|Rahm's pal David Axelrod hints that Rahm may not run.|
I doubt it.
Sun-Times political reporter Fran Spielman says this about Rahm's chances:
The political deck appears to be so stacked against Emanuel, some political observers wonder why he’s running and whether he will finish first, second or even third.
He has imposed a nearly $2 billion avalanche of tax increases to solve a pension crisis his predecessor left behind.
He’s caught in a vice between police reform advocates demanding a say in a consent decree outlining federal court oversight of the Chicago Police Department and police officers who accuse him of “turning his back” on them at a time when he needs those officers to fight violent crime aggressively.
African-American voters who elected him in 2011, then re-elected him even after he closed a record 50 public schools, are unlikely to trust him again after his handling of the Laquan McDonald shooting video.
And the trial of Jason Van Dyke, the white Chicago Police officer accused of firing the 16 shots that killed the 17-year-old McDonald is likely to be held in the run-up to the mayoral election now just nine months away.Victor Reyes, a former Daley political consultant, thinks Rahm will make it, but...
To go into the runoff with the wind at his back, Reyes said Emanuel needs more than 50 percent of the white vote, 40 percent of the Latino vote and 35 percent of the black vote.
The more Latino votes he gets, the more black votes he can stand to lose.
“It’s very tough. It’ll be his hardest election. His path is narrow. But I think he’ll get it,” Reyes said.
“His fundraising advantage is No. 1. Incumbency is No. 2. And no Latino in the race is No. 3 . . . They don’t have money. They don’t have name recognition. It’s a younger community. And there’s not a lot of unity.”Then there's Rahm's political advisor, David Axelrod who drops this on us...
Although Emanuel is raising money at a frenzied pace and positioning himself to run for re-election, he has not yet formally declared his candidacy for a third-term.
“Until someone says that they’re running there’s always a chance they may not,” Axelrod said.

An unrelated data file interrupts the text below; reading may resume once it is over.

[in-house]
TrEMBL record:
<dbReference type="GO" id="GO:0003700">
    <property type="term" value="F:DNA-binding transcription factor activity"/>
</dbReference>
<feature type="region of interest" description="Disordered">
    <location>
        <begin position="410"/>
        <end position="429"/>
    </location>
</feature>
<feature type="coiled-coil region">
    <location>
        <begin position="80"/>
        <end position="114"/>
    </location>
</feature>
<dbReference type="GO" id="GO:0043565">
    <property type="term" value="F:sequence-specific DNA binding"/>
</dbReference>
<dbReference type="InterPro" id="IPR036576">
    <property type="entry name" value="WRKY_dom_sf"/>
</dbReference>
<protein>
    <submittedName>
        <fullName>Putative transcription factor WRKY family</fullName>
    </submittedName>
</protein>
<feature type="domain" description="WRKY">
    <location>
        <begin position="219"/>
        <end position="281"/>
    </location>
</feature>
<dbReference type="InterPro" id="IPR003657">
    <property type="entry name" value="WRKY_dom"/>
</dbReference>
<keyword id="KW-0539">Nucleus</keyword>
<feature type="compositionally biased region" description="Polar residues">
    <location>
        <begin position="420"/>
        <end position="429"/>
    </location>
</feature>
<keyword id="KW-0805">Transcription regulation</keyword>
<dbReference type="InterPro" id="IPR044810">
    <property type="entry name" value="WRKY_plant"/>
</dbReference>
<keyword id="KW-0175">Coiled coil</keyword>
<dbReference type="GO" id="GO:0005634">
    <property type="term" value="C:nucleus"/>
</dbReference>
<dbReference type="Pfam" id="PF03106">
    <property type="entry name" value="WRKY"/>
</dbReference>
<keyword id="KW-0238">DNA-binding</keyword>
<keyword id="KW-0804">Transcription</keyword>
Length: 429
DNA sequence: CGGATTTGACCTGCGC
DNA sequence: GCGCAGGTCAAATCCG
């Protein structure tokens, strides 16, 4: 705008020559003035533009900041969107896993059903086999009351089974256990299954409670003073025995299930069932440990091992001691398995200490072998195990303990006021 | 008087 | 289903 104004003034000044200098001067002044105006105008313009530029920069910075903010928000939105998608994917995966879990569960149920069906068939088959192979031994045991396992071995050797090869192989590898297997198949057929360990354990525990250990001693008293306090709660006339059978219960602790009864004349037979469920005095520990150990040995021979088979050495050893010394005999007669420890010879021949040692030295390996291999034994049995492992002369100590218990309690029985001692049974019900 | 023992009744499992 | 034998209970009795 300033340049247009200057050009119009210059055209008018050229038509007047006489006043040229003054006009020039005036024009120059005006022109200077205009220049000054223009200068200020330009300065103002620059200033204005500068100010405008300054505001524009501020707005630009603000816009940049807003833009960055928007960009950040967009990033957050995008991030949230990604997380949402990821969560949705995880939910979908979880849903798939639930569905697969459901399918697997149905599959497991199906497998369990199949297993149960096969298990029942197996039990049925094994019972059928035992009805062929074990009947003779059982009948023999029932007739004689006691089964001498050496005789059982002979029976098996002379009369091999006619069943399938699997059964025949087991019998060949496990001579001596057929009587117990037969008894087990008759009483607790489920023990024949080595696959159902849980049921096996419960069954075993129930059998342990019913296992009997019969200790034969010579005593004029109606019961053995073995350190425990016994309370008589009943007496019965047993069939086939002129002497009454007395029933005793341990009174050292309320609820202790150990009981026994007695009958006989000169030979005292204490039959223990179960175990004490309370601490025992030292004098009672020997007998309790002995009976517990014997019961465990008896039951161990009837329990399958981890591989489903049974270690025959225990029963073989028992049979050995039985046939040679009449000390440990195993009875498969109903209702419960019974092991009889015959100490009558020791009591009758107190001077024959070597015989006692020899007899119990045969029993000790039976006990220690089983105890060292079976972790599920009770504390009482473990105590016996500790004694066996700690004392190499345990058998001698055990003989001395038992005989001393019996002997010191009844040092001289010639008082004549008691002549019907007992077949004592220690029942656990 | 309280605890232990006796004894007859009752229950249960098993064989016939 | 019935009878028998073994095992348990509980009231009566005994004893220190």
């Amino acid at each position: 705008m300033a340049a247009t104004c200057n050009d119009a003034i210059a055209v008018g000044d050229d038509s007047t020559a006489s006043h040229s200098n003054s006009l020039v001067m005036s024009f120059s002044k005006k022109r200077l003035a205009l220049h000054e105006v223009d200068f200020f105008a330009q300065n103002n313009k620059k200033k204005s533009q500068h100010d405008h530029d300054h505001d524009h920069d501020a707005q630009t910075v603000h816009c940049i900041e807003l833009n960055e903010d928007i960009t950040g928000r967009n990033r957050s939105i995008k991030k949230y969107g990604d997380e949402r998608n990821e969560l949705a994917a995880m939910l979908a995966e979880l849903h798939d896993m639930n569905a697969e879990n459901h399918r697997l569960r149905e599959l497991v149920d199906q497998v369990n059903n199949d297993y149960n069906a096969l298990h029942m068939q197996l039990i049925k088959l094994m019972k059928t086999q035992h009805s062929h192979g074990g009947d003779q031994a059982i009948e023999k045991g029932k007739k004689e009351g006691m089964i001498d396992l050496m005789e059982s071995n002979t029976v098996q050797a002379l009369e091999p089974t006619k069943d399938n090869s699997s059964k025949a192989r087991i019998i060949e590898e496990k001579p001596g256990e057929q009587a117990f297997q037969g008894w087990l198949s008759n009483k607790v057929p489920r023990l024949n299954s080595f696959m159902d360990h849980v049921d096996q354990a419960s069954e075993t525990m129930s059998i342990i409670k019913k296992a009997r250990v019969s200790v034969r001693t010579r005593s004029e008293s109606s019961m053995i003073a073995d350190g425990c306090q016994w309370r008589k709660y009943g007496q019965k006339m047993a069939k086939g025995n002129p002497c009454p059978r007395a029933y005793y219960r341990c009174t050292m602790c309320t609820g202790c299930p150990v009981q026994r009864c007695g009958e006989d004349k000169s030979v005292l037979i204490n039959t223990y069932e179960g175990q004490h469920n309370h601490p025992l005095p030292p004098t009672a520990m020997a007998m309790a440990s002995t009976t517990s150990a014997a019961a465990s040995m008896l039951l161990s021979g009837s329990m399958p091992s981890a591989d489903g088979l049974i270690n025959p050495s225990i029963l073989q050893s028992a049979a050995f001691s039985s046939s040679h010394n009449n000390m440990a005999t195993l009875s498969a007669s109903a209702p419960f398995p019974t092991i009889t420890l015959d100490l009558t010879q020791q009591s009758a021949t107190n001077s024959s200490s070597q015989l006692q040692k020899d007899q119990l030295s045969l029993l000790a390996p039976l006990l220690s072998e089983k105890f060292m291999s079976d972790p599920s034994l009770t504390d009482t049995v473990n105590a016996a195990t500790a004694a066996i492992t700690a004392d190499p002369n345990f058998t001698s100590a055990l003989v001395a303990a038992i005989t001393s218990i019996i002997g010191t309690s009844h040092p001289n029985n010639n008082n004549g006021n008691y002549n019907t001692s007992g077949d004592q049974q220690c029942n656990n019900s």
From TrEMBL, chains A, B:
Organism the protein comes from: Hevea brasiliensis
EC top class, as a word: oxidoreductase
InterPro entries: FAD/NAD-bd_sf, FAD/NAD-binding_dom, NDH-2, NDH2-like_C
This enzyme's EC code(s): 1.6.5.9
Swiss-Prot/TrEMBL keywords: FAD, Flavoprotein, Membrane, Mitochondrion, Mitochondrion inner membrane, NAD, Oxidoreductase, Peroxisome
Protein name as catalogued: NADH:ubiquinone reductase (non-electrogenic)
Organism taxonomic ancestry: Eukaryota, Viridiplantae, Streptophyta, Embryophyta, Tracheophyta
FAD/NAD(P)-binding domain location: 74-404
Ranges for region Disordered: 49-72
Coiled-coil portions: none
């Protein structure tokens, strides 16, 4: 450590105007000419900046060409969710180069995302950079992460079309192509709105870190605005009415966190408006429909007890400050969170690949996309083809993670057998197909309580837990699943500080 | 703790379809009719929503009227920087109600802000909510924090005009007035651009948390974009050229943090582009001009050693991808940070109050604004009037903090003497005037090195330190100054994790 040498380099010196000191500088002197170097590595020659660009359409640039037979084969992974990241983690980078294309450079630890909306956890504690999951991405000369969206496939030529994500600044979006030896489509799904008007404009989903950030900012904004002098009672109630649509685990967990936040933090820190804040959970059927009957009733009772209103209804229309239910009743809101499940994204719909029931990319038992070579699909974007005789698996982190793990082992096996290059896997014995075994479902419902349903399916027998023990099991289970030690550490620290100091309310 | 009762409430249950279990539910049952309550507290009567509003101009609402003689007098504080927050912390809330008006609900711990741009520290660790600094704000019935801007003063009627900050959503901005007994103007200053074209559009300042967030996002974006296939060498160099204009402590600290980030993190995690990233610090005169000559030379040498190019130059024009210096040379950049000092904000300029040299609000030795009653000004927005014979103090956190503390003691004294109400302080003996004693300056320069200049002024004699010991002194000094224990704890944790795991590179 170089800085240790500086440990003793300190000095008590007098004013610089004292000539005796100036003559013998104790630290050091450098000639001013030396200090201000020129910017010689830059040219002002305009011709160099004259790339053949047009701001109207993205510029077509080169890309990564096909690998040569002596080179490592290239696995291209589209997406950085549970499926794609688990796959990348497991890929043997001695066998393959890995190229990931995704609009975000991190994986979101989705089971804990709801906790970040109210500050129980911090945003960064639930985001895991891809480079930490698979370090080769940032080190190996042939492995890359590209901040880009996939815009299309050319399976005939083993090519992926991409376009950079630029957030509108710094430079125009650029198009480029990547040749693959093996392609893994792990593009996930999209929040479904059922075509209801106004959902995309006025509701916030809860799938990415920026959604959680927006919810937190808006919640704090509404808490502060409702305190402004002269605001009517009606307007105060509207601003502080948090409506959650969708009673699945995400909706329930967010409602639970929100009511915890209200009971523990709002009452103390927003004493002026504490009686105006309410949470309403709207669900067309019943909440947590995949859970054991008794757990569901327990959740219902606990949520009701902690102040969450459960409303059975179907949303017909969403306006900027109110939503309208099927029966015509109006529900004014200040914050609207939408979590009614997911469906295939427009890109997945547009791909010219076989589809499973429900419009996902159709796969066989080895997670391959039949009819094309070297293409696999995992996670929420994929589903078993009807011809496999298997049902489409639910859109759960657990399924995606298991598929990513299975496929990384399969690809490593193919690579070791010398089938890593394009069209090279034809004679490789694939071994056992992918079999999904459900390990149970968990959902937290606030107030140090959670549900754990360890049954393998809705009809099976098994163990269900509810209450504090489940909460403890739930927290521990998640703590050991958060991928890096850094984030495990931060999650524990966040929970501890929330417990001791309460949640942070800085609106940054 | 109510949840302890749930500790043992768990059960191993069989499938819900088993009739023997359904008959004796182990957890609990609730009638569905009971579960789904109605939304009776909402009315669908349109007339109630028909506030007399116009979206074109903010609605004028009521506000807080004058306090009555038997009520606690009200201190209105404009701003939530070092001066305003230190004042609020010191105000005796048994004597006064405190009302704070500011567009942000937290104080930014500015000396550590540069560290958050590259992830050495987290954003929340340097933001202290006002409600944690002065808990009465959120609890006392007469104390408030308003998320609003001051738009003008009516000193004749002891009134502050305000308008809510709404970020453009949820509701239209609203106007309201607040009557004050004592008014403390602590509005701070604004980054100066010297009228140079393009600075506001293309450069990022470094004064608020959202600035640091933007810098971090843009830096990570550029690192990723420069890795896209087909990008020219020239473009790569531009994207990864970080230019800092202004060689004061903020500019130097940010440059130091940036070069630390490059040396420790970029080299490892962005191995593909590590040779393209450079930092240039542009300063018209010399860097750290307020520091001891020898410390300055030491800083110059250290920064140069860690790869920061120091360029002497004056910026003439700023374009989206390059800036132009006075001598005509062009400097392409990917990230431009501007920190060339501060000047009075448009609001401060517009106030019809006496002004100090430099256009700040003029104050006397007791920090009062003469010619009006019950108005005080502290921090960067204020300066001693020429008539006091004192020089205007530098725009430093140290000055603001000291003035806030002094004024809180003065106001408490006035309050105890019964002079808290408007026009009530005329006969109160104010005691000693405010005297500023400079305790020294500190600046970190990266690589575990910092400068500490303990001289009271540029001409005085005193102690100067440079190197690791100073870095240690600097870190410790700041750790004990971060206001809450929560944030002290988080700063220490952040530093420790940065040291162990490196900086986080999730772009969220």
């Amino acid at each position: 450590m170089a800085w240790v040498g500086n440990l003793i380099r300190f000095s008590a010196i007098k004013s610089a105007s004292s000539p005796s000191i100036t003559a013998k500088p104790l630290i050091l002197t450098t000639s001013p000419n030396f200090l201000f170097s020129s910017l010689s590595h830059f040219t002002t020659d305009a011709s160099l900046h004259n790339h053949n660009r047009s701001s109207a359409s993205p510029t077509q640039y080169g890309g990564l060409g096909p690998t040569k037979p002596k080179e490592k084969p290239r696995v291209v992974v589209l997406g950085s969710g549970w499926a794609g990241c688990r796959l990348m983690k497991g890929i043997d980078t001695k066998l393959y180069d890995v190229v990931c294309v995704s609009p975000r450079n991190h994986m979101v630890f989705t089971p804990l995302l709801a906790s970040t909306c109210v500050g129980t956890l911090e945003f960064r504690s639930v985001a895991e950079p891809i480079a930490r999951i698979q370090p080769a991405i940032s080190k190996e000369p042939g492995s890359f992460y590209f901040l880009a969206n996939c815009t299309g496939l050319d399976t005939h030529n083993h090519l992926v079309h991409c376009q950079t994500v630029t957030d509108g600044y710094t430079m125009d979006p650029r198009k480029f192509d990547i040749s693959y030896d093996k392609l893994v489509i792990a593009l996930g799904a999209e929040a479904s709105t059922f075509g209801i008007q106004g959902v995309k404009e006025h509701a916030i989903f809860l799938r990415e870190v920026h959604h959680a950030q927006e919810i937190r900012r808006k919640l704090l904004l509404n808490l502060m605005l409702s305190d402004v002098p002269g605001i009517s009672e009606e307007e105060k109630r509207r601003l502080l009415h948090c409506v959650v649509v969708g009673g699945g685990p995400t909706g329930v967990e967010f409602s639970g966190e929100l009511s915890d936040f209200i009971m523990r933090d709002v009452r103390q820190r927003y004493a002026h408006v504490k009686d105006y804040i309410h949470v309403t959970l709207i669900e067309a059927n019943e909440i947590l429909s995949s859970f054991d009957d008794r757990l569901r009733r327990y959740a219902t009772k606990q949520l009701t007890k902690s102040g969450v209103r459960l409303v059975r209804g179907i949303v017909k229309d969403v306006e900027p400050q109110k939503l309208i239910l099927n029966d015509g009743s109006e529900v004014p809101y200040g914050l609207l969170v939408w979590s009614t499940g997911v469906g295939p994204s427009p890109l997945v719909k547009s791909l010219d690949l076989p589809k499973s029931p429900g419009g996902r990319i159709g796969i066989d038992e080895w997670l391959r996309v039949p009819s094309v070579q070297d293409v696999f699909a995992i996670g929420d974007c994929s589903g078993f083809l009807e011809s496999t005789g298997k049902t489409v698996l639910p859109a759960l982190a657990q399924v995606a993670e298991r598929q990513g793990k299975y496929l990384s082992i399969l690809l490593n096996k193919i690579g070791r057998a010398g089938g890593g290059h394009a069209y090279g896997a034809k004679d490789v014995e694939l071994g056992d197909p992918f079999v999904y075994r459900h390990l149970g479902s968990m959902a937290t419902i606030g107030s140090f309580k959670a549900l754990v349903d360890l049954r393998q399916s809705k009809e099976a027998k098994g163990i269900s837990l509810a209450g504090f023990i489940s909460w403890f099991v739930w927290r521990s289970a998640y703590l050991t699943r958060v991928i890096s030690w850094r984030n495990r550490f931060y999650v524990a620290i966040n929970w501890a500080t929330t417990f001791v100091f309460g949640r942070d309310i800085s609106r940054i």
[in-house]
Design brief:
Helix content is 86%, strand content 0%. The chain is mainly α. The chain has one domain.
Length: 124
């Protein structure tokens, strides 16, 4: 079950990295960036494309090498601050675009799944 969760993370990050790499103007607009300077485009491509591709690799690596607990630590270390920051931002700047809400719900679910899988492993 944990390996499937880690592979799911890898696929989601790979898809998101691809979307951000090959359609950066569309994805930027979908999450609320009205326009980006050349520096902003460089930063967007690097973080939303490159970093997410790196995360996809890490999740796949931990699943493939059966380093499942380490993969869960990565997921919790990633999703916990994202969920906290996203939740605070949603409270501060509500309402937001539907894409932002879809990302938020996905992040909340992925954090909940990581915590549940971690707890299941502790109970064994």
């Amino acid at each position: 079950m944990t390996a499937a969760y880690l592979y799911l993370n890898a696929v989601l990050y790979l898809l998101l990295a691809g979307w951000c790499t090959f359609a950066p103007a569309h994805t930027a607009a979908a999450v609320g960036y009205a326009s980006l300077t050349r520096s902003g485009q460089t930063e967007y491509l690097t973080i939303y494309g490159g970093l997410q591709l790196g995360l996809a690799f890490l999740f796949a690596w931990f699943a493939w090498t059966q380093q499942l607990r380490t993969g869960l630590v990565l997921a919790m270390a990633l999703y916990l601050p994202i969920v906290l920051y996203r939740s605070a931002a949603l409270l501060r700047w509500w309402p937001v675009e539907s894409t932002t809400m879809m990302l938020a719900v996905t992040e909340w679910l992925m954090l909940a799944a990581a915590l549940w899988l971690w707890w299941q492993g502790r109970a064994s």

“I don’t think he’s under any pressure to decide that today, tomorrow or in the next few weeks as long as he does the things that preserve the option, such as raising the money. My counsel to him would be, there’s no rush on this. Take a gut check at the appropriate time and make sure this is what you want to do.”I heard the same, off-the-record, from a Rahm confidant a few weeks ago.
For more Chicago mayor-race chatter, observation, and speculation, tune in Friday at 11 a.m. CDT, to Hitting Left with the Klonsky Brothers, streaming live at http://www.lumpenradio.com/ with in-studio guest, political mover and shaker, Amara Enyia.
Then, just when people were starting to forget about Rahm's disastrous school closings, out comes a new damaging report from the University of Chicago showing that CPS closing of 50 schools, mostly in the city's African-American community, led to academic setbacks for the affected students.
“Academic outcomes were neutral at best and negative in some instances,” according to the 88-page report.As one observer tweeted:
The mayor with overwhelming City Council approval, closed 6 of 12 mental health clinics and 50 public schools, claiming they can’t afford them ($803 million combined cost). But they suddenly found $95 million for a new police academy.To top it all off, CPS Inspector General Nicholas Schuler, whose investigation led the FBI to Barbara Byrd-Bennett, yesterday came out with a new report showing that Rahm's hand-picked school board appointee Deborah Quazzo was complicit in BBB's illegal kickback schemes.
The Sun-Times reports that Rahm's former school chief accepted lavish meals at some of the city’s priciest restaurants from a CPS vendor whose investors included Quazzo.
Quazzo violated the school system’s ethics code by talking up her companies’ products to CPS principals and introducing them to company representatives — which she at first denied to Schuler she’d done but acknowledged after being shown emails proving that.We'll see how much this blows back on the mayor or gives impetus to the push for an elected school board.
S-T columnist Laura Washington, predicts a long, hot summer for the mayor.
This summer will host sizzling court trials involving allegations of deadly police misconduct. There’s plenty of hot water there, and Emanuel is stuck in the deep end of the pool.
How will Emanuel handle the heat? Some political insiders speculate that if his poll numbers don’t turn up soon, he may call it quits, and decline to run for a third term.
I expect he will keep his cool and carry on. Alas, his controlled, bloodless style may be part of the problem.Another indicator of summer problems for the mayor is the potential for a rise in gun violence. Last weekend saw at least eight Chicagoans killed and 30 wounded in street shootings.
It's still early but no Latino candidate in the race certainly helps Rahm's chances. Right now it looks to me like Lori Lightfoot has the best chance of pulling away from Rahm's other eight contenders. She has strong fund-raising capabilities, creds in the police reform scene, and a strong team behind her.
Paul Vallas and Garry McCarthy, the great white hopes in the race, have already cut a deal between themselves for one to support the other if one of them is more likely to win, thereby keeping a black candidate out of the runoff. But there's always the possibility that between them, they could pull enough white votes from the northwest and southwest sides to move Rahm into third place in the primary.
Lots of ifs there, I know.